LOL - sometimes the best play is the fold. If the concept of folding or 3-betting increases your winrate, that’s all the fun you should care about. Yeah, its nice to have people agree with you and compliment your great play but this game is ultimately about making money. If that’s your focus, then who really cares what people think about 1 of your hands? I can’t tell you how brutal some of the responses to my hands have been on some forums. I read one and feel like I should crawl into a hole and never play the game again. Then I play - I can tell you those brutal comments stick in your head and really help.
I think we are pretty much done here, except for the last street - what was the purpose of the shove? Do you think there was any size bet he could call without having 1 of the 2 straight flushes (which are the only hands you don’t want to be called with)? If not, do you think he takes a stab with a weaker flush? We spent a lot of time on the turn but its the river where I think another play could have netted you some more value. I hate getting a fold on the most valuable street. I’m interested to hear what your thinking was there. Its ok to be honest and say you were just excited to hit your gin card in a huge pot and spaz-shoved. We’ve all done it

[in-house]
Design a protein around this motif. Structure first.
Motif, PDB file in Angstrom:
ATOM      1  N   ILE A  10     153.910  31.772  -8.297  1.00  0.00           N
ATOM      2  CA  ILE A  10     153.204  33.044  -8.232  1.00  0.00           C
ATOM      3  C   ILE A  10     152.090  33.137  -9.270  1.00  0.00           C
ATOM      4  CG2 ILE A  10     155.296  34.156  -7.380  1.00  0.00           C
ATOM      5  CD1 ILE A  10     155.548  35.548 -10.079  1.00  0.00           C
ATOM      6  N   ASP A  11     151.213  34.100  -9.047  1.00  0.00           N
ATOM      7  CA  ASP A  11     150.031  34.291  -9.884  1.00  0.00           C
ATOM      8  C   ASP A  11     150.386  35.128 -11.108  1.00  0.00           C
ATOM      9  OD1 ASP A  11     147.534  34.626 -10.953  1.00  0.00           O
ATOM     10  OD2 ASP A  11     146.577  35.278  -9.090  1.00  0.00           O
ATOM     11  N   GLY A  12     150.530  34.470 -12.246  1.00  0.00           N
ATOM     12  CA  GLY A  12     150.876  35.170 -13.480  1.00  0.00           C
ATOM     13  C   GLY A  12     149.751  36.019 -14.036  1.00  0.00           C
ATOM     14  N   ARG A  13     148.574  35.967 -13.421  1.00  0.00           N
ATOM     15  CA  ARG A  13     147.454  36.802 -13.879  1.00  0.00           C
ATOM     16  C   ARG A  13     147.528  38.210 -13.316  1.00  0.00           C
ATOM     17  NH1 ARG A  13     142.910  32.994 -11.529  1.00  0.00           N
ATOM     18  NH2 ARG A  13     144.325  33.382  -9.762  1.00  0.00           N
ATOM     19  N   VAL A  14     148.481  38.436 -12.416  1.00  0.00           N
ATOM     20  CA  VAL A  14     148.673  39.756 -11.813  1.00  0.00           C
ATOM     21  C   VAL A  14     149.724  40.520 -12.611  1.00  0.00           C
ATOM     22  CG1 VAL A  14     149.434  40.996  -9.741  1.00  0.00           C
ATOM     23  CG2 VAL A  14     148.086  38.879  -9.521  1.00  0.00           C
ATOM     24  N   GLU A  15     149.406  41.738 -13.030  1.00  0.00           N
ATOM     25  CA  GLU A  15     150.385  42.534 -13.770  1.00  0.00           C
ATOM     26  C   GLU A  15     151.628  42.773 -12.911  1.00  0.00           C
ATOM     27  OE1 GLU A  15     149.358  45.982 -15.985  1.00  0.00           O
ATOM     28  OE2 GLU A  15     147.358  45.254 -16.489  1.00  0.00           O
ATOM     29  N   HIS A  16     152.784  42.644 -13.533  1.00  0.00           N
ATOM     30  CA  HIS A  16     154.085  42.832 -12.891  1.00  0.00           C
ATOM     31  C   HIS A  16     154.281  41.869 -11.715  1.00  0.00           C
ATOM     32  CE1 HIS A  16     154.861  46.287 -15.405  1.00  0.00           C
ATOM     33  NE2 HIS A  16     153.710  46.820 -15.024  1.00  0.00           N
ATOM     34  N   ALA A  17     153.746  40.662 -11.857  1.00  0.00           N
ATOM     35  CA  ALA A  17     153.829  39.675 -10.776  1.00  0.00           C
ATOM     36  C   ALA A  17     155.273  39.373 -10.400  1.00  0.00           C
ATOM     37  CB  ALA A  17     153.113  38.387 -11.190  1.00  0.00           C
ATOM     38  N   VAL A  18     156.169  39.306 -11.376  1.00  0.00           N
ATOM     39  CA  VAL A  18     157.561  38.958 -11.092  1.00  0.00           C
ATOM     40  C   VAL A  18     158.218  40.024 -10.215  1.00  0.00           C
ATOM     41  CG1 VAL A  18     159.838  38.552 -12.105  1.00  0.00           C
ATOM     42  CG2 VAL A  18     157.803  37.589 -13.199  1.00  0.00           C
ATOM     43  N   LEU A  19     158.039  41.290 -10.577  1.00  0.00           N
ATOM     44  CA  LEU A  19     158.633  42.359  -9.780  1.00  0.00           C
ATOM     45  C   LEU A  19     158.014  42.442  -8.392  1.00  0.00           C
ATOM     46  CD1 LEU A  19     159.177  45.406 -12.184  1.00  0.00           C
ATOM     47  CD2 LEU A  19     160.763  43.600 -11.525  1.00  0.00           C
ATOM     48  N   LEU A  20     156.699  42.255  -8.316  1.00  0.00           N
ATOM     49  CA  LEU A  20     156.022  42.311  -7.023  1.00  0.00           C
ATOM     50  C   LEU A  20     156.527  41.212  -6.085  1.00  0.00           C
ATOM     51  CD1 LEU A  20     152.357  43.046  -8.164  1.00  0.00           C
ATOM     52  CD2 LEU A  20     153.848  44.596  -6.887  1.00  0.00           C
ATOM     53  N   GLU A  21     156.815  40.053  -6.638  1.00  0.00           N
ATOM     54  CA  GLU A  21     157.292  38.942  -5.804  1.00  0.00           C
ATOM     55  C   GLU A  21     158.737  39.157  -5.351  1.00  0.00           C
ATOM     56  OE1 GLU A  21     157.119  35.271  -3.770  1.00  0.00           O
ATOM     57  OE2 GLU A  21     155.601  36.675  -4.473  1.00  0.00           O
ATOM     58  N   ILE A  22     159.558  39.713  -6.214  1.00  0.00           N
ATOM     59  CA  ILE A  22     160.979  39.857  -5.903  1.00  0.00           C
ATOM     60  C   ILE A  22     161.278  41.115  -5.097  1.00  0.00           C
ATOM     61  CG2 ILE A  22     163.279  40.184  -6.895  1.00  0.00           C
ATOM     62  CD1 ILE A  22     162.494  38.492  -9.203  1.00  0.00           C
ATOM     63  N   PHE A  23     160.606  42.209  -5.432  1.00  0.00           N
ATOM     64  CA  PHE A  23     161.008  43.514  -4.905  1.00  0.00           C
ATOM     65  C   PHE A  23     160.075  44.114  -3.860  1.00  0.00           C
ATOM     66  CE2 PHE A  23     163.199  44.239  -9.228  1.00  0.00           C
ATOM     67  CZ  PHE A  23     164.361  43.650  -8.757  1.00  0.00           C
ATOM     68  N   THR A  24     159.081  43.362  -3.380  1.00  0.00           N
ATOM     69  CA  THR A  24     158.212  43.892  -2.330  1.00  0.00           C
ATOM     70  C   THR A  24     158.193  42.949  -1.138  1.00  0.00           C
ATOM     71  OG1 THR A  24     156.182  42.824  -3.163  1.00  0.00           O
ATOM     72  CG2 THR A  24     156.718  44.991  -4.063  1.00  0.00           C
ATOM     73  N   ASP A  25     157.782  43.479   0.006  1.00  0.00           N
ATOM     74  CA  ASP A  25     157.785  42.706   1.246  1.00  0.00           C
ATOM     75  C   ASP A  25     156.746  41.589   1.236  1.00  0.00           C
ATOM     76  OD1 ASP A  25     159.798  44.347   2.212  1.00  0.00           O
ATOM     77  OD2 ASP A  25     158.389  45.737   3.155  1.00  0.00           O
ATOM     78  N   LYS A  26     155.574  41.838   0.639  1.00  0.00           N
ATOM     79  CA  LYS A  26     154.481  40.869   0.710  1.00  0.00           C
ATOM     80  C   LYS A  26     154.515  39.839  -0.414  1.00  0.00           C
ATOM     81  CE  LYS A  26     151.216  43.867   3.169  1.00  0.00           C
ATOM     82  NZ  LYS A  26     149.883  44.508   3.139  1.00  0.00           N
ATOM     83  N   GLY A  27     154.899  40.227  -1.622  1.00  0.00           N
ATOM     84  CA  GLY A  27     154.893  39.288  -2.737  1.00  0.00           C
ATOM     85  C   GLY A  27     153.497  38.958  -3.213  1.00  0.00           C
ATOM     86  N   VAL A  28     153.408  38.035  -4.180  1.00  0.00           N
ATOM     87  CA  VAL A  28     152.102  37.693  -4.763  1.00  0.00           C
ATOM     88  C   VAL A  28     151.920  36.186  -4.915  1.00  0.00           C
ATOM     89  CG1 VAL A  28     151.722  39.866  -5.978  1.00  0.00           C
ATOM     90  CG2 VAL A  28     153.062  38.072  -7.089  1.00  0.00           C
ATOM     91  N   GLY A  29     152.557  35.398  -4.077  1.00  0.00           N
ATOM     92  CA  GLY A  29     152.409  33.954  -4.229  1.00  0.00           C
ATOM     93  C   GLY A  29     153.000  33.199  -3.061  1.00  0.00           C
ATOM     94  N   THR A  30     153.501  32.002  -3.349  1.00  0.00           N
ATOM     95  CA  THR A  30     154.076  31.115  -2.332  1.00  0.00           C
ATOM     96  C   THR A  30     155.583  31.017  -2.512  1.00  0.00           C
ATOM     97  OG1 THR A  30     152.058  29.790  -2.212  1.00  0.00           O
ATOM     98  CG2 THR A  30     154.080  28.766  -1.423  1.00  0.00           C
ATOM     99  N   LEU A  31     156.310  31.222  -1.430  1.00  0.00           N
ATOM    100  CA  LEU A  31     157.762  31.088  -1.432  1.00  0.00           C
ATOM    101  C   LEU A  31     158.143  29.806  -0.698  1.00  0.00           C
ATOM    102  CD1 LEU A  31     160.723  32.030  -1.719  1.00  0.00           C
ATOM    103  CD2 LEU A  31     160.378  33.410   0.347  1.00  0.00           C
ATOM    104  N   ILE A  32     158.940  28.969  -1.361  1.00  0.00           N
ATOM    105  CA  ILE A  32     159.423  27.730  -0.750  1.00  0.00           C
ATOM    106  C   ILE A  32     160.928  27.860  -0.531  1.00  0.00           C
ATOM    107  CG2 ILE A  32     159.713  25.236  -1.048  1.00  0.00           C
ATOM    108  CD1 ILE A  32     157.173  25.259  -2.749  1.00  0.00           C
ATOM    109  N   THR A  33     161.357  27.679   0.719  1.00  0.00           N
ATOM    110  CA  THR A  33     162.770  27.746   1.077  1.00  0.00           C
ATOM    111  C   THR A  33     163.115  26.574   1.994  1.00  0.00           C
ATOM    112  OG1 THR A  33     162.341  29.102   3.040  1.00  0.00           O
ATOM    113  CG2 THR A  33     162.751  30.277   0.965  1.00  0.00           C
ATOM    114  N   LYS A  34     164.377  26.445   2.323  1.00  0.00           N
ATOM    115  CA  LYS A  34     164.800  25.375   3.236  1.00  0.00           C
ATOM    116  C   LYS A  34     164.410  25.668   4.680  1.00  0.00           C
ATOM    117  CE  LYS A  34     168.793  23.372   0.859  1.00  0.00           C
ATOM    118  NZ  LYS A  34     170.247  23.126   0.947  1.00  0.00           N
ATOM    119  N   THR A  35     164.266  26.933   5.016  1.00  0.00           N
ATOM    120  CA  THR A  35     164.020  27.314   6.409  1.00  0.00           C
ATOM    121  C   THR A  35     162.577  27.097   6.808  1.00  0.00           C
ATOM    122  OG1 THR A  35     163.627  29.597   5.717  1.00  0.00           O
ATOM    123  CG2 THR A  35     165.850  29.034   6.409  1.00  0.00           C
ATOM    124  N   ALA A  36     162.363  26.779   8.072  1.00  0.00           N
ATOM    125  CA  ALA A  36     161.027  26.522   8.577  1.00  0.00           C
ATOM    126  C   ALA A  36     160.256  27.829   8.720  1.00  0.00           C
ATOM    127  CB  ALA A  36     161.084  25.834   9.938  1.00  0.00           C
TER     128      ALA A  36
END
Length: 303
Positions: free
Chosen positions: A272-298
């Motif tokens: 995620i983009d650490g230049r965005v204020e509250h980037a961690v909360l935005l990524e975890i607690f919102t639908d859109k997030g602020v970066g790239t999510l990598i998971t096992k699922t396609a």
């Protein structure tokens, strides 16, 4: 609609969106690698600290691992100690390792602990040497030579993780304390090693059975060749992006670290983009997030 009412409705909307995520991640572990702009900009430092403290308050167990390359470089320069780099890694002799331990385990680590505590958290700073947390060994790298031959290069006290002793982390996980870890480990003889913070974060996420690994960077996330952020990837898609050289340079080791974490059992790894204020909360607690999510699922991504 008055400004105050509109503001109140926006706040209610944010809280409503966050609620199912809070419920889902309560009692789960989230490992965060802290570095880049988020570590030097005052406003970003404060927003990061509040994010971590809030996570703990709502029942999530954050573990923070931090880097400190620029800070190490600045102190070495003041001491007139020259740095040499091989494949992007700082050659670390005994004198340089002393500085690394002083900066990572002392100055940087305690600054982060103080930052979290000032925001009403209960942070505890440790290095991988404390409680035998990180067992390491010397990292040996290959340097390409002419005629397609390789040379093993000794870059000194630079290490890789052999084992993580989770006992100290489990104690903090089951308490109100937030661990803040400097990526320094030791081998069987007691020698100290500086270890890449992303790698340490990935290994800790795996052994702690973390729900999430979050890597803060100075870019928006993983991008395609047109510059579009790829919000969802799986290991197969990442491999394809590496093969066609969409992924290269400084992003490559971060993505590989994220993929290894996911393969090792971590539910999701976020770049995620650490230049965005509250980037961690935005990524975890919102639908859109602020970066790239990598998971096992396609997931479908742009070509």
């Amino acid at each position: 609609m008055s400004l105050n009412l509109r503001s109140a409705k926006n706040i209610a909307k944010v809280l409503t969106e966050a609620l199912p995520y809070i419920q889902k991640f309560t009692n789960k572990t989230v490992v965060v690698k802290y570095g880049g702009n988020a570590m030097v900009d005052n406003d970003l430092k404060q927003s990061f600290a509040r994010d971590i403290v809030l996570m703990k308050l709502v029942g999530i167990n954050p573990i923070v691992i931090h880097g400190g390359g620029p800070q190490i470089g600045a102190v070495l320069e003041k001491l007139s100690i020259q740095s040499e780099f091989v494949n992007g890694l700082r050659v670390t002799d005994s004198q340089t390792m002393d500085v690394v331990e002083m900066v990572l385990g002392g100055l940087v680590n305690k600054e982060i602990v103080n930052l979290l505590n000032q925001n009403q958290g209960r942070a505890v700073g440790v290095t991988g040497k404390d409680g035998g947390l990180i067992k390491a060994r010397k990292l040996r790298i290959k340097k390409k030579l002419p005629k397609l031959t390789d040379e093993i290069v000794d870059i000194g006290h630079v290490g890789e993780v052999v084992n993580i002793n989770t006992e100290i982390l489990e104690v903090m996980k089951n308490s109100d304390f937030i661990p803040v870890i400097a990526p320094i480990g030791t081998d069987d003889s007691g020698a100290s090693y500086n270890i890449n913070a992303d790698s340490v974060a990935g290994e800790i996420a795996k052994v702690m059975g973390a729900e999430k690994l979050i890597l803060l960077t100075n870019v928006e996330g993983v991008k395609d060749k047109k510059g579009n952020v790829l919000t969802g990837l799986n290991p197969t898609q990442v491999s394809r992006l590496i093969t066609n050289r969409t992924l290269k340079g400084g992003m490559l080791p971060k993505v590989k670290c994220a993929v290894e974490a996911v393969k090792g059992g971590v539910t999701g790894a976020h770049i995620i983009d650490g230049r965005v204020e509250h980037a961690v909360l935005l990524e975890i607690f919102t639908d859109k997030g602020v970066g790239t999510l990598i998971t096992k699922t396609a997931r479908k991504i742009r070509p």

Right - I’m asking about the range as a whole, not this specific holding. It feels weird to me not to defend our checks at all apart from with the stone nuts. I don’t think Villain needs a lot of history with us or to be a super-strong player for us to have to worry about this - betting when checked to on the turn is just a common play for a lot of players.
Have you seen a method to their turn bets or is it almost Pavlovian that they bet when checked to? If the typical player you are facing is taking stabs too frequently when checked to, then the proper adjustment would be to overweight your checking range with lots of value. It still wouldn’t be balanced if you were exploiting their behavior. I thought people here were typically more passive and more likely to want to get to showdown if they have anything, especially on a scary board.